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Full text of "Handbook Of Chemical Engineering - I"

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Introduction.—Having discussed briefly the theory of dissolutk consider some of the ways in which the dissolution of solids in liqi; plished in actual practice.    The problem is evidently to bring cont. solution in contact with the solid particles; that is, different solution it may not be any less concentrated with the solute than the solution IT; a from around the particles still the mere friction of this displacement sex reduce the thickness of the film surrounding it.    Therefore it would seen, the most efficient way to accomplish this is to move the solid through the sol or the solution through the particles or to move both in opposite direcu. while in contact with each other.
The different systems of leaching may be listed as follows: (1) Leaching by percolation which means flowing the solution past the stationary solids and separation of the solution thus obtained from the residues or undissolved material. (2) Leaching by agitation in which dissolution is obtained while the solids are held in suspension in the solvent and a certain amount of relative motion is maintained and separation of the solution' later by decantation or filtration. Each type listed above will be discussed showing the equipment involved, comparative costs, and its applications in industrial problems.
Leaching by Percolation.—This is a well-established method of leaching in which the material to be leached is placed in a tank equipped with a false bottom. The solvent is added at either the top or bottom of the tank and allowed to percolate through the material, being removed when it has passed through it. These tanks are usually arranged so that a counter-current system is employed, the new solids being added to the last tank and the weak liquor to the first and pumped successively from one tank to another till it reaches the last almost saturated. The dissolution of the solid material will have been completed in the early washes, the later washes being merely washing or displacing the stronger liquors retained by the solid material.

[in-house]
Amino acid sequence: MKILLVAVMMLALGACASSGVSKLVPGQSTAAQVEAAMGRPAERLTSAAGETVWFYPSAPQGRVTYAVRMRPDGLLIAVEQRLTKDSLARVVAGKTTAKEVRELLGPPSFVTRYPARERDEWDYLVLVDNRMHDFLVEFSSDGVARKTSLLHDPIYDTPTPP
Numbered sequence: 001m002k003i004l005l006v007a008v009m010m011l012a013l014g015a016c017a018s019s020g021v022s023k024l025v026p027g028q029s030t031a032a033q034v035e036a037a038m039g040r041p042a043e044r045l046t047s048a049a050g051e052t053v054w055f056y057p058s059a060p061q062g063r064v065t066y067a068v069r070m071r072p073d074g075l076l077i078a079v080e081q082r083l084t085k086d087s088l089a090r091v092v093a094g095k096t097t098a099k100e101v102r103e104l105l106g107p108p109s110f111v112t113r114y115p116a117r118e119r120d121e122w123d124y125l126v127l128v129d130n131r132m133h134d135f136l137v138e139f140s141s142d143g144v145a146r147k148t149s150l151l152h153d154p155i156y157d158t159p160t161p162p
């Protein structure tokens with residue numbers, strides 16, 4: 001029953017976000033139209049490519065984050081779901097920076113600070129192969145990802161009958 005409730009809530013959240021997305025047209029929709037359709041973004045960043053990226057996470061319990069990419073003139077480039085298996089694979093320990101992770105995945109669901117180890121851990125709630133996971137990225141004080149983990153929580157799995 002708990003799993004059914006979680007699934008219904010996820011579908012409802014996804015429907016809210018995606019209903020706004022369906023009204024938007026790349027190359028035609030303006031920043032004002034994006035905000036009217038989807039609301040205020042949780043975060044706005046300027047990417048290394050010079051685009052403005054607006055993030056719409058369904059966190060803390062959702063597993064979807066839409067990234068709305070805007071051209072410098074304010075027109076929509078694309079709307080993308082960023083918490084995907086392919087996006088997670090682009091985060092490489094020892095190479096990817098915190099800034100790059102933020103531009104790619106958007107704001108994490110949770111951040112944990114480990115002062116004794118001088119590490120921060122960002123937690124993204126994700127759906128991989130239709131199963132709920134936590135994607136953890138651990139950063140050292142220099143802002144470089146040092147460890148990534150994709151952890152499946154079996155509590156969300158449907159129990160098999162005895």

This process is well suited to cases where the material is porous and sandy or where the solid material is difficult to handle by other methods but is not applicable to materials which tend to pack into impervious masses. It has been found in practice that regularity in the size of the particles and not their size is the chief factor governing good percolation in such tanks, the idea being that where the particles are of all sizes the small ones pack in the openings between the larger ones thereby clogging up the channels. On the other hand, extremely fine material can be leached economically by percolation if it is preceded by a classification of the material so that the particles in any one vat are practically all of the same size. This then involves another process, namely of classification, in treating most materials and two processes of dissolution, one to treat the very fine sludge and another to treat the sandy matter. For this reason the use of percolation in leaching has been rather restricted in its application.
Metallurgical Practice.—Leaching of sands by percolation was very widely used in the United States up to a few years ago in the cyanide treatment of gold ores, and is still largely used in the Transvaal. The reason for its decline was the successful development of processes for the treatment of slimes at lower costs which resulted in the plants treating all their material as slime instead of separate treatments as before for sands and slimes. The question of removing the leached material from the tanks is handled in a number of different ways.